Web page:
This week, Microsoft is proud to be participating in the Paris session of the 2021 UN Generation Equality Forum (GEF), a global gathering for gender equality convened by UN Women.
At GEF, we will use our voice to advocate for gender equality by sharing our commitment with partners to improve the lives of women and girls around the world by deploying connectivity solutions and better access to opportunities and learning platforms. We will also work to advance the use of data science to tackle gender inequality.
Human-centered connectivity and the digital divide
The Paris forum represents an important next step for the UN Affairs team. In April, we participated in the UN’s first-ever High-Level Thematic Debate on Connectivity and Digital Cooperation where we announced our commitment to a human-centered approach to bridging the digital divide.
Even for those who have an affordable broadband connection, a lack of digital literacy and other socioeconomic issues persist as barriers to entry. This issue is especially pronounced for women and girls, with a relative gap of 17% between male and female internet users worldwide. These disparities worsened during the pandemic, and, without intervention, they could become permanent for an entire generation.
At Microsoft, we believe a human-centered approach can help tackle this digital divide by:
- Focusing on improving and increasing human adoption of technology
- Developing strategies that grow digital literacy and skills
- Leveraging technology to improve basic human rights like education and health care
Microsoft and the UN Generation Equality Forum
The GEF presents an invaluable opportunity for Microsoft to bring a more deliberate gender equality lens to its existing work on human-centered connectivity.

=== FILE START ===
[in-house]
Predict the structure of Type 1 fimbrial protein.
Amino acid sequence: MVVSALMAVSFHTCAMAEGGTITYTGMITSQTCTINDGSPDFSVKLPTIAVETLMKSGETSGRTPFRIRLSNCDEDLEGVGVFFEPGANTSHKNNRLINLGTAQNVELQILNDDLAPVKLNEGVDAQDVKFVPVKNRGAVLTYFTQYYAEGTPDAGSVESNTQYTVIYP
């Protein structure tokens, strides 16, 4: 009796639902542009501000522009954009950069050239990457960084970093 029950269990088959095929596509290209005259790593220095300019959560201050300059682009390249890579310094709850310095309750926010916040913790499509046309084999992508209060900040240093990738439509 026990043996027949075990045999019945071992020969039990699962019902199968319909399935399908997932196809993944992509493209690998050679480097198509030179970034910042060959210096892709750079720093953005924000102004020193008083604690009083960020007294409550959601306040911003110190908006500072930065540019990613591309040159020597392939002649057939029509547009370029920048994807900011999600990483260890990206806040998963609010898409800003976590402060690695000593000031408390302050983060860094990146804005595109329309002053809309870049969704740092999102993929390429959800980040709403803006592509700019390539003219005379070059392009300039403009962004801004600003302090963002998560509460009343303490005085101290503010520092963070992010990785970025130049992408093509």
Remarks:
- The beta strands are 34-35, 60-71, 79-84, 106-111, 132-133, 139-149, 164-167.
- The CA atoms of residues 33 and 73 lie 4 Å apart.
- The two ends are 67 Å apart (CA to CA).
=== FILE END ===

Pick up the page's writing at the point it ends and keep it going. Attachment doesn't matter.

As Microsoft’s representative to the UN community, our team focuses on promoting cooperation among stakeholders to advance progress towards a more accessible and equitable digital environment. This is a unique position, representing interests at the intersection of data science, tech and gender. We are excited to embrace this role in connection with the GEF.
To that end, we signed on to serve as one of the leaders of the GEF’s Technology and Innovation Action Coalition, which focuses on gender equity in the access, use and design of technology and innovation. Embracing our unique position, we have sought opportunities to work with our growing network of UN stakeholders and build on existing efforts to bridge the digital divide by addressing these issues in the specific context of gender equality.
Our commitments moving forward
Microsoft has already undertaken several commitments related to bridging the digital divide, including the Airband Initiative that focuses on bringing broadband to unconnected communities around the world, and a global skills initiative that has provided digital skills education to more than 42 million people. As part of our participation in the GEF, we are excited to highlight three commitments that will serve as a starting point for additional actions to address gender equality and the digital divide in the years ahead.